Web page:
In the case of trigger finger, the tendon that controls the movement of a finger or thumb becomes inflamed and swollen, causing it to get stuck in the sheath. When the finger or thumb is straightened, the tendon can’t move through the sheath, causing it to catch or lock in place before suddenly releasing, like a trigger being pulled and released.
The most commonly affected tendons in trigger finger are those that control the movement of the ring finger and thumb. This condition is more common in women than men and is often seen in people who perform repetitive gripping or grasping motions, such as musicians, factory workers, or those who use hand-held tools.
Causes of Trigger Finger
Trigger finger is a condition that does not have a specific cause, although there are several risk factors and conditions that may contribute to its development. Risk factors for developing trigger finger include age, gender, and certain medical conditions. Trigger finger is more common in people over the age of 40, with women more likely to develop the condition than men. People with medical conditions such as diabetes, rheumatoid arthritis, and hypothyroidism are also at increased risk of developing the condition.
Some activities such as repetitive gripping or grasping activities may contribute to the development of trigger finger. For instance, playing a musical instrument, using tools, or typing on a computer keyboard for long periods of time.
In some cases, trigger finger may develop due to an injury or trauma to the hand or fingers such as a fracture, dislocation, or sprain, as well as overuse injuries such as tendinitis or bursitis. Specific medications such as estrogen therapy or chemotherapy drugs have also been linked to an increased risk of developing trigger finger.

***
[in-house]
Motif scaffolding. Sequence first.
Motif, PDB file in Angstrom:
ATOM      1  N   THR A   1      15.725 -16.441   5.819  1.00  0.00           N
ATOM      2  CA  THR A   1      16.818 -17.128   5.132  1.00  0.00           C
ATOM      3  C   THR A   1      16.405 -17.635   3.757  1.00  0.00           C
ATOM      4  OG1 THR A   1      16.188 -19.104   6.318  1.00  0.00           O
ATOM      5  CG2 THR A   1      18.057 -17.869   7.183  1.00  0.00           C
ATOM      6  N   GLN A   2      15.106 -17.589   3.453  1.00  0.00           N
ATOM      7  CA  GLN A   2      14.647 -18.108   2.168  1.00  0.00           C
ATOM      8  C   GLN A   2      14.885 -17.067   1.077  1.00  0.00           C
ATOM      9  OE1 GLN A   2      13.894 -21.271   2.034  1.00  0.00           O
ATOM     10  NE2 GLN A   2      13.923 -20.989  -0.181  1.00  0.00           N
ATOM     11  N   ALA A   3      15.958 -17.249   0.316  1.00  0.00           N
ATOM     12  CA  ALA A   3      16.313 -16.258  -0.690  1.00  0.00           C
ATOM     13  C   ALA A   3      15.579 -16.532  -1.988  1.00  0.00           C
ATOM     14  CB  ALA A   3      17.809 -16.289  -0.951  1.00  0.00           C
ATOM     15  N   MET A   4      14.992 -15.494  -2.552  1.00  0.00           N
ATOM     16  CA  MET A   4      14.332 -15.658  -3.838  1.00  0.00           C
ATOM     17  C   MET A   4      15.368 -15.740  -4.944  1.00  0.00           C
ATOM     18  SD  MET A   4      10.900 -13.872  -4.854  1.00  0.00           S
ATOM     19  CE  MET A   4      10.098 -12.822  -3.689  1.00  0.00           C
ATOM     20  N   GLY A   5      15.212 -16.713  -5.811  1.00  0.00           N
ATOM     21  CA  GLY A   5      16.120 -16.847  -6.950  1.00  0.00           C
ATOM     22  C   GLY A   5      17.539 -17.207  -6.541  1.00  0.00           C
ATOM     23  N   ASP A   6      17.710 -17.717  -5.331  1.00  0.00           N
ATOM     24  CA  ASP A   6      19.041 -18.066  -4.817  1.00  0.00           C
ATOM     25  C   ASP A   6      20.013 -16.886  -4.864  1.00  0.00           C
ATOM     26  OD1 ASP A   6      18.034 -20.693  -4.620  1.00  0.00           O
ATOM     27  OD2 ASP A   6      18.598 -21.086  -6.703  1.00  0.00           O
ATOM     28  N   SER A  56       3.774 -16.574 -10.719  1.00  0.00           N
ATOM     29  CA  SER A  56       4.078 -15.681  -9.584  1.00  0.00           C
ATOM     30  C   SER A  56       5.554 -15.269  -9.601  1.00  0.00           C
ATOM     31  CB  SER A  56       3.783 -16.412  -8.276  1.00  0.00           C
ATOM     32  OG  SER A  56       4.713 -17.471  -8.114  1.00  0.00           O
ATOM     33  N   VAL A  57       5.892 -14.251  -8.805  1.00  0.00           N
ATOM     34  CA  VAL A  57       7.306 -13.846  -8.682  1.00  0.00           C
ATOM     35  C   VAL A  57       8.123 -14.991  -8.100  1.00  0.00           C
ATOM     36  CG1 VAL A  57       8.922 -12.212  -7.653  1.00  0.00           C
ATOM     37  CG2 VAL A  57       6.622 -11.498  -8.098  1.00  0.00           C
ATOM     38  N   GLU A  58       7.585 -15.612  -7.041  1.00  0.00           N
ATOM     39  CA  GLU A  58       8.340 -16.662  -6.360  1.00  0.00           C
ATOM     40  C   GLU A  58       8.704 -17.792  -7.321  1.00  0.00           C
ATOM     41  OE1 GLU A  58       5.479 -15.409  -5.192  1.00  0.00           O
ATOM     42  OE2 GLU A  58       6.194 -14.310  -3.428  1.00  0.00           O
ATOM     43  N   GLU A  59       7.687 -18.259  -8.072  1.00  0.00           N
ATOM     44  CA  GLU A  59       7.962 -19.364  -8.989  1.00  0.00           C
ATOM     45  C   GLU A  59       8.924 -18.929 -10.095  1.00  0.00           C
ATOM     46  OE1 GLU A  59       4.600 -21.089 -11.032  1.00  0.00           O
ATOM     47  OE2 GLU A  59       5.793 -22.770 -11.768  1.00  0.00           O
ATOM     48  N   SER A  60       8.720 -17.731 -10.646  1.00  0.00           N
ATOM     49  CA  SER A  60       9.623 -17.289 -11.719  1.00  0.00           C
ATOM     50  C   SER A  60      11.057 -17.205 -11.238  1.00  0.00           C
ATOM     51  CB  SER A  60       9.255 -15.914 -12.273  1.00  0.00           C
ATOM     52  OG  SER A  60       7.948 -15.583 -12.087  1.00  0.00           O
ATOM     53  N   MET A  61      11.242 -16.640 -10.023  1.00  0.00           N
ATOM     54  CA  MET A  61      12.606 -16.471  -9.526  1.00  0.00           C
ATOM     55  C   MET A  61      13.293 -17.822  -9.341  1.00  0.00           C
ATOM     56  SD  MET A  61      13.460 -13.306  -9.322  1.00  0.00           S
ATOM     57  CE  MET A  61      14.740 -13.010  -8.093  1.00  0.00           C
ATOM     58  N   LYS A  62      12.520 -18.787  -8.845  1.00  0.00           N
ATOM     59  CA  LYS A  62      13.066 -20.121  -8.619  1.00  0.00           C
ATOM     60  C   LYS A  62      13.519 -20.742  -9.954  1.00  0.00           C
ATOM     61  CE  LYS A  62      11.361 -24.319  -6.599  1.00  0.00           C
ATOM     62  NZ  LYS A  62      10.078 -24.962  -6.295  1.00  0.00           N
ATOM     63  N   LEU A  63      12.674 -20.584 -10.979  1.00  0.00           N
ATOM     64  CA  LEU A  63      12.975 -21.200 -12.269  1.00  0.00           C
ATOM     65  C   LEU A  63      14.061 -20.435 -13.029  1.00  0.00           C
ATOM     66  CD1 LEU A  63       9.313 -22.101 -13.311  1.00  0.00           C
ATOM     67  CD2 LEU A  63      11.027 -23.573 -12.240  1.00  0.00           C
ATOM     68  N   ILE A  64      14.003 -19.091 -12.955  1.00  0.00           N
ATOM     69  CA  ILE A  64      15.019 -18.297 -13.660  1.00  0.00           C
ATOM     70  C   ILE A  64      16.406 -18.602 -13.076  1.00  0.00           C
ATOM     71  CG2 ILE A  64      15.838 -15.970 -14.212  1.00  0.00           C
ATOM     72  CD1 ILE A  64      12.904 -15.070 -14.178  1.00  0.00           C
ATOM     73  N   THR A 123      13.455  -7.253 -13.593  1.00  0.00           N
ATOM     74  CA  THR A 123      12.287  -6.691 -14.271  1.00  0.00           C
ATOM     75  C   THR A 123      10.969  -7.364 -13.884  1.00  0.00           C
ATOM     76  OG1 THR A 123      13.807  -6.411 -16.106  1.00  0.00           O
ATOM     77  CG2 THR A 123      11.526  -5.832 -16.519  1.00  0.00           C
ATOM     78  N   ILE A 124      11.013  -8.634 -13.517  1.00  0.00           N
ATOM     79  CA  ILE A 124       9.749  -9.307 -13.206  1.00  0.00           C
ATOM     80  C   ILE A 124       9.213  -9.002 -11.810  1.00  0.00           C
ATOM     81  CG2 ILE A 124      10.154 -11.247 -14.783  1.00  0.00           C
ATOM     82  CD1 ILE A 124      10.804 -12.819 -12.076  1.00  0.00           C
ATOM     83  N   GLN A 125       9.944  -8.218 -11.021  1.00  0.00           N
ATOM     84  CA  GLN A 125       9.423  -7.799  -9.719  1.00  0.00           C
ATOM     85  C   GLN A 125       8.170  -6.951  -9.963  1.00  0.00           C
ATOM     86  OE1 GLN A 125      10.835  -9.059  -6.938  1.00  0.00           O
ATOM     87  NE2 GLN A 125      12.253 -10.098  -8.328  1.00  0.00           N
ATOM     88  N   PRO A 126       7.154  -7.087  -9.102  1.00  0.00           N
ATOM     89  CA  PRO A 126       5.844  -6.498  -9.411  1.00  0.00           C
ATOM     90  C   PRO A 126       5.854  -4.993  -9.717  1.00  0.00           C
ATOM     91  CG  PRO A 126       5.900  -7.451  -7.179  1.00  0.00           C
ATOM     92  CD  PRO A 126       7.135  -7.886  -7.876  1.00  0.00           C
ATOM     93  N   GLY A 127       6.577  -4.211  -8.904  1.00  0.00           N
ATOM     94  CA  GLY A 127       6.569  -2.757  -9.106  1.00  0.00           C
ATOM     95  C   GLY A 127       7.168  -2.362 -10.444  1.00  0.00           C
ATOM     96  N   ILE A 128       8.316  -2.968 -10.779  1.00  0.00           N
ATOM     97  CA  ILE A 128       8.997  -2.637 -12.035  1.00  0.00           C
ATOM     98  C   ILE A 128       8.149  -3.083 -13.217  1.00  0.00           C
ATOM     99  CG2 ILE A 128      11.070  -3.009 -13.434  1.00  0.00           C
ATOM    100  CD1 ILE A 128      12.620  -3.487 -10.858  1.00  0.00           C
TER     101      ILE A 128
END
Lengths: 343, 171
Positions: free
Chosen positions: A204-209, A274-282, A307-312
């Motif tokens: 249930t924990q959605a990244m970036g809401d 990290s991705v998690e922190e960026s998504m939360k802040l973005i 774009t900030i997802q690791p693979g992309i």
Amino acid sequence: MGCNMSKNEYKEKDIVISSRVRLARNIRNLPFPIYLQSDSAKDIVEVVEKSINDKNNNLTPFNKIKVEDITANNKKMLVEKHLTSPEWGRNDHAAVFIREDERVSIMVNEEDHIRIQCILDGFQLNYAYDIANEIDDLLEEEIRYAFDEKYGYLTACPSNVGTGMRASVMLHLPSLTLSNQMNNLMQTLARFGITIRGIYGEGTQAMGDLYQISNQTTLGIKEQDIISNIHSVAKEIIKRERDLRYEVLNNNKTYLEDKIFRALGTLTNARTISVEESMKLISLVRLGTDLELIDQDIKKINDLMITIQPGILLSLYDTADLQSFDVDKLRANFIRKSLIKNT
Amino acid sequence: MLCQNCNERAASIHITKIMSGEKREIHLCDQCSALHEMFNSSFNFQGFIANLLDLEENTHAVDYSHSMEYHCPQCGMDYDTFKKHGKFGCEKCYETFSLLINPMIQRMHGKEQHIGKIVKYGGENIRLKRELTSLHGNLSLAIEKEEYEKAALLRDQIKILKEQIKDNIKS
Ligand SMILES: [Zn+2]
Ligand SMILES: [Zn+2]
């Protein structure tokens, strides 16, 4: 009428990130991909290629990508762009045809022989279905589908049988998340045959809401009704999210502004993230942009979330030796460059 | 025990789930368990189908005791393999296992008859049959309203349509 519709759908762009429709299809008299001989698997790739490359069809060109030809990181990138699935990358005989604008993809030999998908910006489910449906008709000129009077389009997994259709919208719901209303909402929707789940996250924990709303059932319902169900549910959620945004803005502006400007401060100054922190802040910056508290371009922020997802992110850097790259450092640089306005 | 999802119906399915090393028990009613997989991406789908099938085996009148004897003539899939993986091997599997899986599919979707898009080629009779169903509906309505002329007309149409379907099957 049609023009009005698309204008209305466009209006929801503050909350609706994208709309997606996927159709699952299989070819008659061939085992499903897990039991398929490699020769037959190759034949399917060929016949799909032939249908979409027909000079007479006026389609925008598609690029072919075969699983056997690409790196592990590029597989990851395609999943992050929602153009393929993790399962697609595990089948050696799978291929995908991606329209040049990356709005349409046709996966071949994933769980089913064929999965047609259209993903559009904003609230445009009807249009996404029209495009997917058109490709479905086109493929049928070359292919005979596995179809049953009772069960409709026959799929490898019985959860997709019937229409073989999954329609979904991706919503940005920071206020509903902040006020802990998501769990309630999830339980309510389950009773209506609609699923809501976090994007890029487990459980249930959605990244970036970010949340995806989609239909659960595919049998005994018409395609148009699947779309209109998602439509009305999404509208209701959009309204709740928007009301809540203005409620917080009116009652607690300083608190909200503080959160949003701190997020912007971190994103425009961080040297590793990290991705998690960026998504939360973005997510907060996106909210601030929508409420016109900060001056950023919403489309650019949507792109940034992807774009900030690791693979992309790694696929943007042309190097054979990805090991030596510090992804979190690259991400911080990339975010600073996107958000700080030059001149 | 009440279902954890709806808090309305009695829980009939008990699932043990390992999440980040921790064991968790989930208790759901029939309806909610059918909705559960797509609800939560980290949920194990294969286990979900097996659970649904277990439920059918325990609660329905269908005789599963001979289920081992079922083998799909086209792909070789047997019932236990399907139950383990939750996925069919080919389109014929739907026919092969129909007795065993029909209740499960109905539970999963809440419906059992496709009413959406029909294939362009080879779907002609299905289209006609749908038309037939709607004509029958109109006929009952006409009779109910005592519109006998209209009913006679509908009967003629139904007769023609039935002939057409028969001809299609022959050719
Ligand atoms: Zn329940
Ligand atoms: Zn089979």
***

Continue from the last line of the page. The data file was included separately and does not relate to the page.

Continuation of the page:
It’s important to note that while these risk factors and conditions may contribute to the development of trigger finger, not everyone who experiences them will develop the condition. If you are experiencing symptoms of trigger finger, it’s important to talk to your doctor and get a referral to Dr Stuart Kirkham to determine the underlying cause and develop an appropriate treatment plan that meets your needs.
Symptoms of Trigger Finger
The symptoms of trigger finger can vary from person to person, but they generally involve pain, stiffness, and a popping or clicking sensation when you try to move your finger. Here are some of the common symptoms of trigger finger:
- Pain or tenderness in the affected finger or thumb
- Stiffness or a feeling of tightness in the affected finger or thumb
- A popping or clicking sensation when you try to move the affected finger or thumb